Hong Kong’s richest man said China’s economic outlook is bright in the long term, casting a vote of confidence in a country that’s growing at its slowest pace in a quarter century.
China continues to have a trade surplus, the services industry is generating income and foreign money is flowing in, billionaire Li Ka-shing told Bloomberg Television’s Angie Lau in his first interview with international media since 2012. He also indicated that investors focusing on the country’s rising debt levels are missing out on the larger picture.
“The long-term outlook for the mainland is good,” the 87-year-old chairman of CK Hutchison Holdings Ltd. said from his office atop the Cheung Kong Center building in downtown Hong Kong. “People only see the debt in the state-owned enterprises and in households, when they need to recognize that China is a big exporter.”
Those export receipts — a “positive for China” according to Li — helped the trade surplus swell to 3.7 trillion yuan ($560 billion) last year, providing a buffer as the weaker yuan spurred capital outflows.Li’s confidence in the world’s second-largest economy comes amid signs of stabilization thanks to government stimulus measures. Yet skeptics abound, with the International Monetary Fund this month citing rapidly rising credit and excess industrial capacity among risks threatening the nation’s medium-term prospects.
China’s total borrowings surged to 247 percent of economic output last year from 164 percent in 2008. That’s faster than the increase in the U.S. and U.K. during the run-up to the global financial crisis. China has accumulated debt faster than any Group of 20 nation over the past decade, according to Tom Orlik, an economist for Bloomberg Intelligence.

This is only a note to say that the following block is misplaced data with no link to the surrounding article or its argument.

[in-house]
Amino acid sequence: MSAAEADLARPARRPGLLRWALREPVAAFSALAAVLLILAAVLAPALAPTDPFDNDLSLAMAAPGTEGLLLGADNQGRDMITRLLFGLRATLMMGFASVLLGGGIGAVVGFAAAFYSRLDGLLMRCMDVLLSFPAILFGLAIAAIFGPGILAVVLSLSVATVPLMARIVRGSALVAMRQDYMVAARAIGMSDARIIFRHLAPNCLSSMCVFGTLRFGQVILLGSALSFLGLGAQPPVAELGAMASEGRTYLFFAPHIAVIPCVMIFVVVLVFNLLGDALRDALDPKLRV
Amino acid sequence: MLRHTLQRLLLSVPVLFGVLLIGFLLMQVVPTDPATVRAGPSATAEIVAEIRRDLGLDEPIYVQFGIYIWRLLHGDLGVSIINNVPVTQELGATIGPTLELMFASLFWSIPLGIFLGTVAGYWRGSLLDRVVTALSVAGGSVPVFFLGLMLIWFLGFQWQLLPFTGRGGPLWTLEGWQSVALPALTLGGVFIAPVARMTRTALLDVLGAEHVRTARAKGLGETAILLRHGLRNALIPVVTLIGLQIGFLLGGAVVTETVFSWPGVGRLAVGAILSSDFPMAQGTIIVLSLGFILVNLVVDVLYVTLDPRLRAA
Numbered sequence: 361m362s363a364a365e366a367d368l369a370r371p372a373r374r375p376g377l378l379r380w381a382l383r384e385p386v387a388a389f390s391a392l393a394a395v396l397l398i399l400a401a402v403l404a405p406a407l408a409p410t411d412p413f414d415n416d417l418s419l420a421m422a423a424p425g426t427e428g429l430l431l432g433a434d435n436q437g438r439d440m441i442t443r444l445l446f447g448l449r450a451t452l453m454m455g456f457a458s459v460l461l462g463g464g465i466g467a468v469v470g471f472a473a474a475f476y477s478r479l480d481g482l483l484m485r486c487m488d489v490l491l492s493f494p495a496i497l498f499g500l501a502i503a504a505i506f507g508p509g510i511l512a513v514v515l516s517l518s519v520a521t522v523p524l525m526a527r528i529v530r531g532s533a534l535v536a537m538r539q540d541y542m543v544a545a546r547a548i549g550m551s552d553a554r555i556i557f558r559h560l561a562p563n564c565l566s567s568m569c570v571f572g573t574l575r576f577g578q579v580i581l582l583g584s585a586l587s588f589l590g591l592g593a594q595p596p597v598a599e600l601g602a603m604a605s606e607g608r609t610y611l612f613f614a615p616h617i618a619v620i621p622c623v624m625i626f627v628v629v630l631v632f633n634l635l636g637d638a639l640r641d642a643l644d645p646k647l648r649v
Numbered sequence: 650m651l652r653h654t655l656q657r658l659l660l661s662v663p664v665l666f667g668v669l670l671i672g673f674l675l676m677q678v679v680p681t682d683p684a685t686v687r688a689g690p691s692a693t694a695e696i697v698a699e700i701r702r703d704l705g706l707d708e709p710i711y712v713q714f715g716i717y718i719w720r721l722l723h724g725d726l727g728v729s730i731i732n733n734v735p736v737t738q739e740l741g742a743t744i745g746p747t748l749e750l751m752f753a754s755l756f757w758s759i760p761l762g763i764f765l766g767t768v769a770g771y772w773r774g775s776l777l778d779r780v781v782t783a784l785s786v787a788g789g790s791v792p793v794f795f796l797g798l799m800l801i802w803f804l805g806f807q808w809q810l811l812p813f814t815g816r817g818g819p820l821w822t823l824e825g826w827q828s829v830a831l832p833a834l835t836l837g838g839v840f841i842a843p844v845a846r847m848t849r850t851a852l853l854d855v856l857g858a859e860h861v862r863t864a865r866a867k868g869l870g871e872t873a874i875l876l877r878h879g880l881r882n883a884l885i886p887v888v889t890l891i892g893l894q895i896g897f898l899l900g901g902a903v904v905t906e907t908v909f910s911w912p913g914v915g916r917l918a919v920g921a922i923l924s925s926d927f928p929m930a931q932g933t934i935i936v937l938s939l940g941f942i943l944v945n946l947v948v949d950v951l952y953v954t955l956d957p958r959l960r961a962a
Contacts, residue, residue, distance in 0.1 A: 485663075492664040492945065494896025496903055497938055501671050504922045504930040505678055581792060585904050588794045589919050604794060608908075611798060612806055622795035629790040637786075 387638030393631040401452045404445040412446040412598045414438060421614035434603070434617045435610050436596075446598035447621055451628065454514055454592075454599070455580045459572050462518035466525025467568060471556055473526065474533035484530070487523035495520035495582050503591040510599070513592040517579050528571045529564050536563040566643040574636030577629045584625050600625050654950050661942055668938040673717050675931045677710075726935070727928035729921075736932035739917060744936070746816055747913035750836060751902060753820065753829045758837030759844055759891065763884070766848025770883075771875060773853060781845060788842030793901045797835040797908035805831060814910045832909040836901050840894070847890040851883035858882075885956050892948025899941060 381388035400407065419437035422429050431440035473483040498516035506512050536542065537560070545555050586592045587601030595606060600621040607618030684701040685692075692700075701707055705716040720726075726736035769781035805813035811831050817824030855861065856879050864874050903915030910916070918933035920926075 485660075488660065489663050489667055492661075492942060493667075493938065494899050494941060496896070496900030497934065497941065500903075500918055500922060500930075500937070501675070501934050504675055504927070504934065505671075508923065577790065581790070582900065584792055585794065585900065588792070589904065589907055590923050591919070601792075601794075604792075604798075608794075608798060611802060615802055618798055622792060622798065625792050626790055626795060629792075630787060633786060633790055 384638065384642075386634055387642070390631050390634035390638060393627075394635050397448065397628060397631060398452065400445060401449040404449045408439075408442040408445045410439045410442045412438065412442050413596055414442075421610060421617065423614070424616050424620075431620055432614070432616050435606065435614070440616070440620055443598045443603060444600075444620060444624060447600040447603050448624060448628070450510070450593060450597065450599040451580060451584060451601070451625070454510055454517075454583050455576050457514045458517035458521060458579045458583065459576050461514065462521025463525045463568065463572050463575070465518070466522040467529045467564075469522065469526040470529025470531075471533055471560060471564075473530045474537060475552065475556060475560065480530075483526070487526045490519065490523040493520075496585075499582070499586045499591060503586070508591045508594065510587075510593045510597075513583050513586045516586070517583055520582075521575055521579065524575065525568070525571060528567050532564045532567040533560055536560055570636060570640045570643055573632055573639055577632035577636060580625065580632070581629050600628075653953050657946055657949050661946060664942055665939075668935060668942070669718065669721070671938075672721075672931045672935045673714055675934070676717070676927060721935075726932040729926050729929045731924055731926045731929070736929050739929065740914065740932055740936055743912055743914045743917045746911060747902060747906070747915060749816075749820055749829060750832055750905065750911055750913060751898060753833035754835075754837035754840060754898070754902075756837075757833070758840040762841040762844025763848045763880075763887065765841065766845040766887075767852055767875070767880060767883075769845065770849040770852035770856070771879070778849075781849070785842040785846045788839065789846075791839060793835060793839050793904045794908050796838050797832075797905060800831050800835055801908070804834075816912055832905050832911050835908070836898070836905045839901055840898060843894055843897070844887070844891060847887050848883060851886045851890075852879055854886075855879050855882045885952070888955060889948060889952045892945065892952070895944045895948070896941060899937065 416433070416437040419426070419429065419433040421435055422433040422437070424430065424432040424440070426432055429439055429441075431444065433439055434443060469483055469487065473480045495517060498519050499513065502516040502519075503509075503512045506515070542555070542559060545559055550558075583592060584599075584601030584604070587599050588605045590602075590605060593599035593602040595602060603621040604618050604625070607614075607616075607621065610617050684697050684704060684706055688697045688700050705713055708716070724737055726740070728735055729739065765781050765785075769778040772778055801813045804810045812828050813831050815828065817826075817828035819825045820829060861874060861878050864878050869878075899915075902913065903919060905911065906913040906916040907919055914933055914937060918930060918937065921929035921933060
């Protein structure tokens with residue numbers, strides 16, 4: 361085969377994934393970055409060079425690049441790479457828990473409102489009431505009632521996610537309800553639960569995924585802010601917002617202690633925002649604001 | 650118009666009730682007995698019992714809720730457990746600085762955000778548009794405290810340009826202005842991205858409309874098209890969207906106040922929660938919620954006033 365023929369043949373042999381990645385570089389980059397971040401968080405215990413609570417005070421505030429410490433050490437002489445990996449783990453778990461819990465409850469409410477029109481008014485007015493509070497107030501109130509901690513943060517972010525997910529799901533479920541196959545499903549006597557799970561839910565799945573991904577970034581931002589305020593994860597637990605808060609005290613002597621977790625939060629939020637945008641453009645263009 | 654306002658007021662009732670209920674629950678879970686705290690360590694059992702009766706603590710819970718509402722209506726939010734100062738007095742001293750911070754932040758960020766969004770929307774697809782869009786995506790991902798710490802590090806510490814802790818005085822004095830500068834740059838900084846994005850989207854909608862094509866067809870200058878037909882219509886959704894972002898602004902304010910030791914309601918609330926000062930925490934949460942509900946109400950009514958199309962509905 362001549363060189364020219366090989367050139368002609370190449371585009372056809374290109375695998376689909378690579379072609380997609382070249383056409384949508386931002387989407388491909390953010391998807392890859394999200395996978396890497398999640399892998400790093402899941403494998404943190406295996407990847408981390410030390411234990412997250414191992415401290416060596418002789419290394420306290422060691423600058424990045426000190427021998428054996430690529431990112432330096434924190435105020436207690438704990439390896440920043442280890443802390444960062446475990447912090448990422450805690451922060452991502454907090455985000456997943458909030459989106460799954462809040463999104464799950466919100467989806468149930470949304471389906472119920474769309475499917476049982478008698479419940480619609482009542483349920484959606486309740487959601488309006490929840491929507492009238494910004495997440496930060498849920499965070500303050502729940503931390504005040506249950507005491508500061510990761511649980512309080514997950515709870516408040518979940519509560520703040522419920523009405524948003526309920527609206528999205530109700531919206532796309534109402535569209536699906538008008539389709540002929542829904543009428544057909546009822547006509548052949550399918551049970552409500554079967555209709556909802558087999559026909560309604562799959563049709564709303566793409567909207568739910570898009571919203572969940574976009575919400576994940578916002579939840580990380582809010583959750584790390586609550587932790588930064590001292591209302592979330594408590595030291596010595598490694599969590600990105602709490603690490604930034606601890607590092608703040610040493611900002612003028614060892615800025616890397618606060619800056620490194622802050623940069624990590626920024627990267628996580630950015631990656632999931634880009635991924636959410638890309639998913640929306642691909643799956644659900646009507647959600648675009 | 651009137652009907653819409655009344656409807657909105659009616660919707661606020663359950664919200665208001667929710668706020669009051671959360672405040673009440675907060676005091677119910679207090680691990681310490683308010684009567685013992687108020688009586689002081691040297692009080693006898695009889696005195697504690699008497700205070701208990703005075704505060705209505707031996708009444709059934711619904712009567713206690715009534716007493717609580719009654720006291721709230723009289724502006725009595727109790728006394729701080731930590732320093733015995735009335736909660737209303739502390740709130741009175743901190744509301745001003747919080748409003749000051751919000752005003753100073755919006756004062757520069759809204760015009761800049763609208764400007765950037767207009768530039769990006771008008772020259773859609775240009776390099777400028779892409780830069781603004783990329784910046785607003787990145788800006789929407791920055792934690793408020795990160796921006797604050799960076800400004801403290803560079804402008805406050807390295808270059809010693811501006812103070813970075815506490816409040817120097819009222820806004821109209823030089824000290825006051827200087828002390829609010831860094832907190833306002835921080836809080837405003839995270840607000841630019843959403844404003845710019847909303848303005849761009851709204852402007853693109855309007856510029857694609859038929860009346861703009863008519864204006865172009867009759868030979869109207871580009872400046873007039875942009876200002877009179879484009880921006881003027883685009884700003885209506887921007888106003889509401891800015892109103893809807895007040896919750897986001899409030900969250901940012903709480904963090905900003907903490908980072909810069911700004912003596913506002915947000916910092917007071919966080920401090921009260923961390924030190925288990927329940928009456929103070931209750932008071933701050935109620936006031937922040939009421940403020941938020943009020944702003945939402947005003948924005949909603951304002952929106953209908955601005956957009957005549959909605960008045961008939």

Li, who was born in the southeastern Chinese city of Chaozhou, has much at stake in the mainland. His real-estate unit, Cheung Kong Property Holdings Ltd., counts about half its revenue from there and has dozens of properties in the country spanning thousands of acres. His flagship company, CK Hutchison, generated 14 percent of its earnings before interest and taxes from China, where he operates about 2,500 Watsons and ParknShop stores.
Consumption has remained a prop for China’s slowing economy. Gross domestic product expanded 6.9 percent last year, the weakest pace since 1990, and is forecast by economists to increase 6.5 percent this year.
Li, who spoke on Thursday, owes much of his success to China. In the late 1970s, the then-emerging tycoon was asked “to come in” to the Chinese market, even before it was clear that Deng Xiaoping had taken the reins of power, said Li, who forged close ties with the late paramount leader and still refers to him as “Uncle Deng.” Li had a sense that things were about to change, he said.
“At that time, China gave me a very hopeful feeling,” Li said.
China’s ensuing industrialization — on a scale the world had never seen — made Li one of its biggest beneficiaries. Though his $28 billion fortune is currently the third highest in Asia on the Bloomberg Billionaires Index, he’s often been atop of the list, ranking as the region’s wealthiest tycoon as recently as three months ago.
Chinese state media began criticizing Li last year, accusing the Hong Kong tycoon of reducing his investments in the country at a time of slowing growth. The Communist Party’s People’s Daily even posted a commentary saying Li’s diversification away from China cast a shadow over the country.
In September, Li took the rare step of issuing a three-page rebuttal to such criticism, expressing his full confidence in China and its government.
“Of course, when I read the article, I considered it misguided,” Li said. Since starting to invest in China in the late 1970s, “I’ve never stopped,” he said.
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